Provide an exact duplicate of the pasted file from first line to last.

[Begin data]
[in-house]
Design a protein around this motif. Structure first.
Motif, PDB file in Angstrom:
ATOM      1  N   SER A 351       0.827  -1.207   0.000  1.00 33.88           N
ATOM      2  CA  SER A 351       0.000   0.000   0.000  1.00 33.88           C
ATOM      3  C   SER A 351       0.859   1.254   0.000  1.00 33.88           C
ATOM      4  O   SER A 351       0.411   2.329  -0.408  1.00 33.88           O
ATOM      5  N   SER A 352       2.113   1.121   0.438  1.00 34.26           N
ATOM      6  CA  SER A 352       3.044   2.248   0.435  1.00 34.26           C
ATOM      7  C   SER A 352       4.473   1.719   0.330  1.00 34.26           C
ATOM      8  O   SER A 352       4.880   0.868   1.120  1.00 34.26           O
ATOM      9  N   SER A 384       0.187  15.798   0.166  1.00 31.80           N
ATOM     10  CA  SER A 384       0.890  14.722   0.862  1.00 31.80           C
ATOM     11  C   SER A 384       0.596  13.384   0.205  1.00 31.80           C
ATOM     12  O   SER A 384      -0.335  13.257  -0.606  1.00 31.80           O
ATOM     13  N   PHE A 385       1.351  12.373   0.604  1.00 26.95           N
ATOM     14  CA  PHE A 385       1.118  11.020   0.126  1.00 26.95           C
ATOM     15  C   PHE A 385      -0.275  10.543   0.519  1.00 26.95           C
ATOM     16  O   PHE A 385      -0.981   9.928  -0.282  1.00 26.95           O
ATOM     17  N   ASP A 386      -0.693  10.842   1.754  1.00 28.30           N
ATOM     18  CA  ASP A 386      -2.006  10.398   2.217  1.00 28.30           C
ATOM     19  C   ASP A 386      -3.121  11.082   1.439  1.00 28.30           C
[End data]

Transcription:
[in-house]
Design a protein around this motif. Structure first.
Motif, PDB file in Angstrom:
ATOM      1  N   SER A 351       0.827  -1.207   0.000  1.00 33.88           N
ATOM      2  CA  SER A 351       0.000   0.000   0.000  1.00 33.88           C
ATOM      3  C   SER A 351       0.859   1.254   0.000  1.00 33.88           C
ATOM      4  O   SER A 351       0.411   2.329  -0.408  1.00 33.88           O
ATOM      5  N   SER A 352       2.113   1.121   0.438  1.00 34.26           N
ATOM      6  CA  SER A 352       3.044   2.248   0.435  1.00 34.26           C
ATOM      7  C   SER A 352       4.473   1.719   0.330  1.00 34.26           C
ATOM      8  O   SER A 352       4.880   0.868   1.120  1.00 34.26           O
ATOM      9  N   SER A 384       0.187  15.798   0.166  1.00 31.80           N
ATOM     10  CA  SER A 384       0.890  14.722   0.862  1.00 31.80           C
ATOM     11  C   SER A 384       0.596  13.384   0.205  1.00 31.80           C
ATOM     12  O   SER A 384      -0.335  13.257  -0.606  1.00 31.80           O
ATOM     13  N   PHE A 385       1.351  12.373   0.604  1.00 26.95           N
ATOM     14  CA  PHE A 385       1.118  11.020   0.126  1.00 26.95           C
ATOM     15  C   PHE A 385      -0.275  10.543   0.519  1.00 26.95           C
ATOM     16  O   PHE A 385      -0.981   9.928  -0.282  1.00 26.95           O
ATOM     17  N   ASP A 386      -0.693  10.842   1.754  1.00 28.30           N
ATOM     18  CA  ASP A 386      -2.006  10.398   2.217  1.00 28.30           C
ATOM     19  C   ASP A 386      -3.121  11.082   1.439  1.00 28.30           C